Most of James' stories have a rich vein of very dry, subtle humour running through them. "Oh Whistle And I'll Come For You, My Lad" is easily hilarious in parts as it is terrifying.
"Wailing Well" has some excellent comic moments, before it takes a decidedly sinister turn. The horrible ending is all the more shocking for the wry asides and anecdotes that come before. As an example, here's the Annual Life-Saving Competition at Eton:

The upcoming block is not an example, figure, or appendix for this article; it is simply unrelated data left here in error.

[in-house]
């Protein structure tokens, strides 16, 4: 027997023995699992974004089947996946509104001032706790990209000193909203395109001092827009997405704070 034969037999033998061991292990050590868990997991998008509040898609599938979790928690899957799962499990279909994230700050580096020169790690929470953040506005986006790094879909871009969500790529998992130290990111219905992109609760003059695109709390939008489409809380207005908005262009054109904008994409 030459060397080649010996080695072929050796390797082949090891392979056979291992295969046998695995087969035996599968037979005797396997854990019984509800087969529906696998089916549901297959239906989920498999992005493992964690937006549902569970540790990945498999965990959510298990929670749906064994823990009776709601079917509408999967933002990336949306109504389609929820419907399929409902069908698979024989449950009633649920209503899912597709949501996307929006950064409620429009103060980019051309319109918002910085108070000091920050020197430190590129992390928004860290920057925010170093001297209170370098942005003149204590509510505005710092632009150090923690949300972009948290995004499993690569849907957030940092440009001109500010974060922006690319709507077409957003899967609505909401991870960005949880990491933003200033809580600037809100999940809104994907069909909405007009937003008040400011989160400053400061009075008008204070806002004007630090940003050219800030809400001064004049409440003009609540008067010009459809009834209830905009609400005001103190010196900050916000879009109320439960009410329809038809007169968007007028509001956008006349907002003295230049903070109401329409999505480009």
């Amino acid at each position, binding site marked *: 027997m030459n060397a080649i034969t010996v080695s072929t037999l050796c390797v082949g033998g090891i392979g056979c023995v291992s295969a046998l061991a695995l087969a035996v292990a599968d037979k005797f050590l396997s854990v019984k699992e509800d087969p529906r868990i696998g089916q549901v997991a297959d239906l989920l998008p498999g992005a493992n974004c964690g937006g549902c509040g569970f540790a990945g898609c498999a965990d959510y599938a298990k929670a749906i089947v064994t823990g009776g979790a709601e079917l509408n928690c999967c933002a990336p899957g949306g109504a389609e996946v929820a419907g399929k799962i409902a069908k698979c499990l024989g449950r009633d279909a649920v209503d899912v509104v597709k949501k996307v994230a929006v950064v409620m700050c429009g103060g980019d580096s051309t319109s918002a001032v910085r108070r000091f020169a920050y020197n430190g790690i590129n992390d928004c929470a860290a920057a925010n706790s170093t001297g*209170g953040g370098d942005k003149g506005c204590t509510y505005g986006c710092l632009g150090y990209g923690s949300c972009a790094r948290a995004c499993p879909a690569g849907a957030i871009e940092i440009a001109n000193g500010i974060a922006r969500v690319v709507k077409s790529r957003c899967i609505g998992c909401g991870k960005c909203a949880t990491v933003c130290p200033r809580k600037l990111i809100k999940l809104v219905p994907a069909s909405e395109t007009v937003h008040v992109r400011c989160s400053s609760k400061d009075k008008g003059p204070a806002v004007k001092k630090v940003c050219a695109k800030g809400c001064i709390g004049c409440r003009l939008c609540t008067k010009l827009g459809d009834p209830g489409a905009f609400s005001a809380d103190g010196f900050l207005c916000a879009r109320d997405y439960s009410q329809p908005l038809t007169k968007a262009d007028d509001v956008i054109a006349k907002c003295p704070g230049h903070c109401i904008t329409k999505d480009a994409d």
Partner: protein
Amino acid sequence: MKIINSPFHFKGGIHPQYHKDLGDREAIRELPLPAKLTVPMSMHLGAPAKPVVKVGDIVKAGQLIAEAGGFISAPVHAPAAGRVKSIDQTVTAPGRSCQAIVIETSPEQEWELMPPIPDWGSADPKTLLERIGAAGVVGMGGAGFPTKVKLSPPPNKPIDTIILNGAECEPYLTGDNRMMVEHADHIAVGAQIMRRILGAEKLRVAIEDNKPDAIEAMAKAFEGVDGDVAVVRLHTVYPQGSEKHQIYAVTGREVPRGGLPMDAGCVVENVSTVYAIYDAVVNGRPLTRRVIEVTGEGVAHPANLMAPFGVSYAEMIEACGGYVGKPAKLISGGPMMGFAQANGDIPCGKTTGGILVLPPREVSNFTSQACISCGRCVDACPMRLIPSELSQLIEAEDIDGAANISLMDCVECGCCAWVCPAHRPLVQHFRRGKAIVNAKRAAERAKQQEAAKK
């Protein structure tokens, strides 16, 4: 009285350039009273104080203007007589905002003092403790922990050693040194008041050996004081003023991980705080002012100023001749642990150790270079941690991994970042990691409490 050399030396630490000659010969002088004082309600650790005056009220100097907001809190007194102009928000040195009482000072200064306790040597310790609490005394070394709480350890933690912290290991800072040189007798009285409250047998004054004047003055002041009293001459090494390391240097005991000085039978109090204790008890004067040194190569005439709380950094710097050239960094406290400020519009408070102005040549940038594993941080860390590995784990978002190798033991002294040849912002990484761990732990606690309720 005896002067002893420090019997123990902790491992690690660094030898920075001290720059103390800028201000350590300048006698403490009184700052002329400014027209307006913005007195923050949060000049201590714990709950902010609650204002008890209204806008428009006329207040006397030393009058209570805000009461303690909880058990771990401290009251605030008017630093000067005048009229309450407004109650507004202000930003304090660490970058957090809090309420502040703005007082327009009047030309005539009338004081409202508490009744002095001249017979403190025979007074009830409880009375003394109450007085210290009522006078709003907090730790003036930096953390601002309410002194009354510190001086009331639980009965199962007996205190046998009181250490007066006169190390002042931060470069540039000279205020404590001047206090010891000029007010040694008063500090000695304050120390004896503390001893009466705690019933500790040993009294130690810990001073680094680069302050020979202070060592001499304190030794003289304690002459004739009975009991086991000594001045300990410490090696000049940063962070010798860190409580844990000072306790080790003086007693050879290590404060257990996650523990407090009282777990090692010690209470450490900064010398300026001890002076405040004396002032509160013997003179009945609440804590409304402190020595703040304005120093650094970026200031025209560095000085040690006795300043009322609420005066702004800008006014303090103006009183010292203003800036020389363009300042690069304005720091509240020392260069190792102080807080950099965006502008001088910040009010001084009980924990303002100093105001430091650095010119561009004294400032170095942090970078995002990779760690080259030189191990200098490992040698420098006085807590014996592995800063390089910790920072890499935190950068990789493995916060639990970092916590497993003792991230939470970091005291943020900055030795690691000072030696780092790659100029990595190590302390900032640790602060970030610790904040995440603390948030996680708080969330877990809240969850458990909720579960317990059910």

The practice, as you know, was to throw a selected lower boy, of suitable dimensions, fully dressed, with his hands and feet tied together, into the deepest part of Cuckoo Weir, and to time the Scout whose turn it was to rescue him. On every occasion when he was entered for this competition Stanley Judkins was seized, at the critical moment, with a severe fit of cramp, which caused him to roll on the ground and utter alarming cries. This naturally distracted the attention of those present from the boy in the water, and had it not been for the presence of Arthur Wilcox the death-roll would have been a heavy one. As it was, the Lower Master found it necessary to take a firm line and say that the competition must be discontinued. It was in vain that Mr. Beasley Robinson represented to him that in five competitions only four lower boys had actually succumbed. The Lower Master said that he would be the last to interfere in any way with the work of the Scouts; but that three of these boys had been valued members of his choir, and both he and Dr. Ley felt that the inconvenience caused by the losses outweighed the advantages of the competitions. Besides, the correspondence with the parents of these boys had become annoying, and even distressing: they were no longer satisfied with the printed form which he was in the habit of sending out, and more than one of them had actually visited Eton and taken up much of his valuable time with complaints. So the life-saving competition is now a thing of the past.